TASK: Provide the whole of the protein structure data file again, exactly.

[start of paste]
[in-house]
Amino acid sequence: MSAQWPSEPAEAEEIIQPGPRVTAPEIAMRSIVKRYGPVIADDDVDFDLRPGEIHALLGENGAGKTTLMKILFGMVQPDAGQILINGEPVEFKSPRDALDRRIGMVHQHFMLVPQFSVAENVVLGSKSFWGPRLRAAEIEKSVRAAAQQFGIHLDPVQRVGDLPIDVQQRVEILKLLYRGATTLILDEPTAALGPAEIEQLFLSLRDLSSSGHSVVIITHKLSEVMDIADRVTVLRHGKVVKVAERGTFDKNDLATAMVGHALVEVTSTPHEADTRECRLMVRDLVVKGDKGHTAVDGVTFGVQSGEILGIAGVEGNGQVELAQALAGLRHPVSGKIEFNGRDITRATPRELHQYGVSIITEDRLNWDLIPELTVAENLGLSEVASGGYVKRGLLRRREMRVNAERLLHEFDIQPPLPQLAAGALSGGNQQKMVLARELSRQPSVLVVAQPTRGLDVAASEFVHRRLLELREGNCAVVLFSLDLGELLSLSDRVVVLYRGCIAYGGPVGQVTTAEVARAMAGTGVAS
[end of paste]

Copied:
[in-house]
Amino acid sequence: MSAQWPSEPAEAEEIIQPGPRVTAPEIAMRSIVKRYGPVIADDDVDFDLRPGEIHALLGENGAGKTTLMKILFGMVQPDAGQILINGEPVEFKSPRDALDRRIGMVHQHFMLVPQFSVAENVVLGSKSFWGPRLRAAEIEKSVRAAAQQFGIHLDPVQRVGDLPIDVQQRVEILKLLYRGATTLILDEPTAALGPAEIEQLFLSLRDLSSSGHSVVIITHKLSEVMDIADRVTVLRHGKVVKVAERGTFDKNDLATAMVGHALVEVTSTPHEADTRECRLMVRDLVVKGDKGHTAVDGVTFGVQSGEILGIAGVEGNGQVELAQALAGLRHPVSGKIEFNGRDITRATPRELHQYGVSIITEDRLNWDLIPELTVAENLGLSEVASGGYVKRGLLRRREMRVNAERLLHEFDIQPPLPQLAAGALSGGNQQKMVLARELSRQPSVLVVAQPTRGLDVAASEFVHRRLLELREGNCAVVLFSLDLGELLSLSDRVVVLYRGCIAYGGPVGQVTTAEVARAMAGTGVAS